The above solution could be enough for a mathematician, but as a programmer, I wanted to write down the explicit algorithm. To do this, first the sequence of all formulas should be built. It can be done in a multitude of ways, some of them are more computationally effective (faster and contain less duplicates) than others. For the proof-of-concept code, I used the simplest approach.

Using the usual linear notation, every allowed formula can be written as a string, composed of characters “0123456789+-*/^()k” (where ^ stands for powering). It is easy to enumerate all possible strings. A simple way is shortlex order: first all strings of 1 character, then of 2 characters in alphabetic order and so on. By excluding non-valid expressions, one gets a sequence of all possible formulas, from the shortest ones to the longest.

I implemented this enumeration algorithm in Python. To check whether the string is a valid formula it uses a simple parser, written with pyparsing library. To reduce numbers of duplicates (equivalent formulas), it disallows numbers starting with 0, except for the 0 itself. The implementation is not breathtakingly fast, but fast enough to enumerate expressions up to 5 characters in a reasonable time.
Source code is on Github: dmishin/arithmetic-hide-and-seek.

Here are few first formulas and corresponding search attempts done by Angel.

The sequence of attempts behaves erratically, but its amplitude grows very fast. At the step $$k=320282$$, the formula $$k^{k^k}$$ is reached, which evaluates to tremendous $$320282^{320282^{320282}} \approx 10^{10^{1763323.7111}}$$, a number that is so big that to write down even the number of digits in it one needs 1'763'324 digits.

This sequence is shown on the graph below. The graph uses logarithmic vertical scale because of the fast growth rate. Positive values are show in red, and negative in blue. Note that not all actual data points are shown, some values are so large, that even in the logarithmic coordinates the rest of the graph will be too small.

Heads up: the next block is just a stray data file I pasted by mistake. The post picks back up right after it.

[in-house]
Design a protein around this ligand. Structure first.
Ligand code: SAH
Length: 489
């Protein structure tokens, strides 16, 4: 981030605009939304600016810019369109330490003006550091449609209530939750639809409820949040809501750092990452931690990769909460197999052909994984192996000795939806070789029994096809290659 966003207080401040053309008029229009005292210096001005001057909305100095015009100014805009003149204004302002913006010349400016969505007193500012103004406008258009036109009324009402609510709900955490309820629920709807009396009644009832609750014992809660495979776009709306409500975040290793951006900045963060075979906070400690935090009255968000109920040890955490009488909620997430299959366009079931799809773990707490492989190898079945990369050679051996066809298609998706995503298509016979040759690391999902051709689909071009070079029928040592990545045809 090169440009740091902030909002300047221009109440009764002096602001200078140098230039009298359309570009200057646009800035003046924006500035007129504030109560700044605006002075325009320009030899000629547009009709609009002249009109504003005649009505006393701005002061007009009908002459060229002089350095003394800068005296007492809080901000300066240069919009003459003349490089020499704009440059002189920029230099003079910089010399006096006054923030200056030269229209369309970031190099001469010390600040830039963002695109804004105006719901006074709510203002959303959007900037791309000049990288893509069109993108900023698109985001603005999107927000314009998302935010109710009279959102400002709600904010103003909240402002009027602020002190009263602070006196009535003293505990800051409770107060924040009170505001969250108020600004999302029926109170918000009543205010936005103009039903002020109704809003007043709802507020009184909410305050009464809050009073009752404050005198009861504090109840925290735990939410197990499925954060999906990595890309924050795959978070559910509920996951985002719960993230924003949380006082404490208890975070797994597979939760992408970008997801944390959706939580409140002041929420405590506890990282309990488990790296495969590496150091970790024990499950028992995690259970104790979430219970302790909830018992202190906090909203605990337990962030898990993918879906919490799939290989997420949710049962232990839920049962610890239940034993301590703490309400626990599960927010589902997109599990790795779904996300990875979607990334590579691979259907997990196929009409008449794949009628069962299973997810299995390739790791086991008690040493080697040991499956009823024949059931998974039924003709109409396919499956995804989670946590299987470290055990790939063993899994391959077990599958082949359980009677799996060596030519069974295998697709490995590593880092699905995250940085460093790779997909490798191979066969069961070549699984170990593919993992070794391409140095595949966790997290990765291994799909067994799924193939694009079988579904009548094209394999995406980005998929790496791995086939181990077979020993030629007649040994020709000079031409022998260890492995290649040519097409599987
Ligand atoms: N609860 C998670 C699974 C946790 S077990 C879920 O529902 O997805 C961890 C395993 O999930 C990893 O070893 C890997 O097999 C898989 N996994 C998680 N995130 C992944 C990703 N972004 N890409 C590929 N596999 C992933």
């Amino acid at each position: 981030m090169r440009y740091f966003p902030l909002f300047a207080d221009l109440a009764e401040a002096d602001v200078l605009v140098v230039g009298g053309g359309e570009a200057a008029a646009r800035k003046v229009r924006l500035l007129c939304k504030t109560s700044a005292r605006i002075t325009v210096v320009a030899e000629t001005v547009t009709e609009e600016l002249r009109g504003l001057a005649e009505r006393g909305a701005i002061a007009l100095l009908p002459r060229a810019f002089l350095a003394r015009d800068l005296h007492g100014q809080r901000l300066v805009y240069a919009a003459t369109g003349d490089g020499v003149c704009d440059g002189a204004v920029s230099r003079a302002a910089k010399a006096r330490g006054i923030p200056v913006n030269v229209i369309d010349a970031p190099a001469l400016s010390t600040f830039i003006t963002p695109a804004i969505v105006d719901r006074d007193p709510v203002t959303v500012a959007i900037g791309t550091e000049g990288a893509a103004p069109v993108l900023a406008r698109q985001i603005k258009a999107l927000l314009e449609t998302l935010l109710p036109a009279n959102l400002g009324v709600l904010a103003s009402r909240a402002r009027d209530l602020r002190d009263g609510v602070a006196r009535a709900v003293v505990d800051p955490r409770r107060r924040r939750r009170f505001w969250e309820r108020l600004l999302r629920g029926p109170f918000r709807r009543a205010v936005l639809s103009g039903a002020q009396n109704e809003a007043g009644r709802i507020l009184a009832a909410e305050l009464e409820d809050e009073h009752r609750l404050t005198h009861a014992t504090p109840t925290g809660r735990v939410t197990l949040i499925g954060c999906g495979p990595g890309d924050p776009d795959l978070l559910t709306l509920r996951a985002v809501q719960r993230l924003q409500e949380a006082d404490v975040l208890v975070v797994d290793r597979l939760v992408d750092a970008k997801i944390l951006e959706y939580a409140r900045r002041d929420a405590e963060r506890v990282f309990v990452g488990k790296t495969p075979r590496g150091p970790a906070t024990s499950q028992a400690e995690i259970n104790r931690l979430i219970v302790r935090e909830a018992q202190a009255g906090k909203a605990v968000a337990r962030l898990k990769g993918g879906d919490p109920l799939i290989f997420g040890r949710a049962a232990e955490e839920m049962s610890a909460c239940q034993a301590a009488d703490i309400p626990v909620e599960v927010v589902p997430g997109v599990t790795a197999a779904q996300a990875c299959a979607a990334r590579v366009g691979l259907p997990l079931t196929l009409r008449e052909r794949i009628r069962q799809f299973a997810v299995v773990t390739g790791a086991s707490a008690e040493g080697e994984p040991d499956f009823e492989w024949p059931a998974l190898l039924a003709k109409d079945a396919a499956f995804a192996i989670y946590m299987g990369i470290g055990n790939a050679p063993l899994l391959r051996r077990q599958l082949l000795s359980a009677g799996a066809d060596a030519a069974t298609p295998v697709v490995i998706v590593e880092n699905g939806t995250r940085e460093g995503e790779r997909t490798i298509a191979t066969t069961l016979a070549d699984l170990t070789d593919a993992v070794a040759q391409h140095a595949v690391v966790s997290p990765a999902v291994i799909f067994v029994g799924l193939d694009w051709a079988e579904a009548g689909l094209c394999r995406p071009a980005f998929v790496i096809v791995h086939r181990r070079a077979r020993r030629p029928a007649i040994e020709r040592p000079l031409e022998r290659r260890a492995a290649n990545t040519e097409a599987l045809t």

## Growth rate

How fast the amplitude of Angel's search grows? Quite fast, actually. Even the logarithmic plots above do not properly reflect it, since the highest data points are not shown on them.

For the proposed implementation, growth rate is easy to estimate. Quite obviously, when $$k$$ is large enough, the biggest possible values have form k^k^…^k. Since the percent of valid formulas remains roughly constant at about 20% (a rather curious fact, actually. Is it true, and what is the limit value? I don't know UPD: Actually, it is not true, but number of formulas nevertheless grows exponentially), the length of the string grows approximately as logarithm of the turn number: $$L ~ \log k$$. Therefore, maximum value grows as k^k^k^… (log k times). This can be written as: $$^{\log k}k$$ (see tetration) or, with Knuth's up-arrow notation, as $$k\uparrow\uparrow\log k$$.

Growth rate, however, depends on the enumeration method chosen. By rearranging formulas, it is always possible to make growth faster.

It is also possible to decrease growth rate. For example, it can be done by “diluting” sequence with growing sequences of zeros. However, there is a lower limit: the growth rate should be strictly faster than of any fixed height power tower: $$k^{k^{k^\ldots}} = k\uparrow\uparrow n$$.